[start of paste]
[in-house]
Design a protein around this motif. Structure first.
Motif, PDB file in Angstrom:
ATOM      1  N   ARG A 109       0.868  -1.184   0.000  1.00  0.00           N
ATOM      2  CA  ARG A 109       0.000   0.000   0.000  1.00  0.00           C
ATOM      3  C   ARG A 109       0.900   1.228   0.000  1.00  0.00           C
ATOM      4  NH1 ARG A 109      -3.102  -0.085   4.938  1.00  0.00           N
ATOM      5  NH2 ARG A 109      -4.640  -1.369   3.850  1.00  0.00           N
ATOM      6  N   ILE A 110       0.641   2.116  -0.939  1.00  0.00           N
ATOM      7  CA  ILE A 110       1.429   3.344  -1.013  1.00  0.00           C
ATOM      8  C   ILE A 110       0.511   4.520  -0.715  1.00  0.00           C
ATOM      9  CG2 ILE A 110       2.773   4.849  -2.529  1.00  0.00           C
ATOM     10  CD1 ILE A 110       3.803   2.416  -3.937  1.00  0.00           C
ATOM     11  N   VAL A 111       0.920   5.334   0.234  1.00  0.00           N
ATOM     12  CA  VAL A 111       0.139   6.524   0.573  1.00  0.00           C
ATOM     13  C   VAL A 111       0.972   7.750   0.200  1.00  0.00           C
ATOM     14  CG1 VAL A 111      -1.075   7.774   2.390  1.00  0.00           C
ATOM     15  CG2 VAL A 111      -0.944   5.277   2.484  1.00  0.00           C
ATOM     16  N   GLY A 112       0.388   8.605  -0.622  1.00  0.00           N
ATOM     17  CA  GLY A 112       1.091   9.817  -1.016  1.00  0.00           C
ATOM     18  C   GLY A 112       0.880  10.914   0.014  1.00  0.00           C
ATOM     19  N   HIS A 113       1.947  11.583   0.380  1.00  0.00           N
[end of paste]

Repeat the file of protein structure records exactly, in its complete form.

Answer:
[in-house]
Design a protein around this motif. Structure first.
Motif, PDB file in Angstrom:
ATOM      1  N   ARG A 109       0.868  -1.184   0.000  1.00  0.00           N
ATOM      2  CA  ARG A 109       0.000   0.000   0.000  1.00  0.00           C
ATOM      3  C   ARG A 109       0.900   1.228   0.000  1.00  0.00           C
ATOM      4  NH1 ARG A 109      -3.102  -0.085   4.938  1.00  0.00           N
ATOM      5  NH2 ARG A 109      -4.640  -1.369   3.850  1.00  0.00           N
ATOM      6  N   ILE A 110       0.641   2.116  -0.939  1.00  0.00           N
ATOM      7  CA  ILE A 110       1.429   3.344  -1.013  1.00  0.00           C
ATOM      8  C   ILE A 110       0.511   4.520  -0.715  1.00  0.00           C
ATOM      9  CG2 ILE A 110       2.773   4.849  -2.529  1.00  0.00           C
ATOM     10  CD1 ILE A 110       3.803   2.416  -3.937  1.00  0.00           C
ATOM     11  N   VAL A 111       0.920   5.334   0.234  1.00  0.00           N
ATOM     12  CA  VAL A 111       0.139   6.524   0.573  1.00  0.00           C
ATOM     13  C   VAL A 111       0.972   7.750   0.200  1.00  0.00           C
ATOM     14  CG1 VAL A 111      -1.075   7.774   2.390  1.00  0.00           C
ATOM     15  CG2 VAL A 111      -0.944   5.277   2.484  1.00  0.00           C
ATOM     16  N   GLY A 112       0.388   8.605  -0.622  1.00  0.00           N
ATOM     17  CA  GLY A 112       1.091   9.817  -1.016  1.00  0.00           C
ATOM     18  C   GLY A 112       0.880  10.914   0.014  1.00  0.00           C
ATOM     19  N   HIS A 113       1.947  11.583   0.380  1.00  0.00           N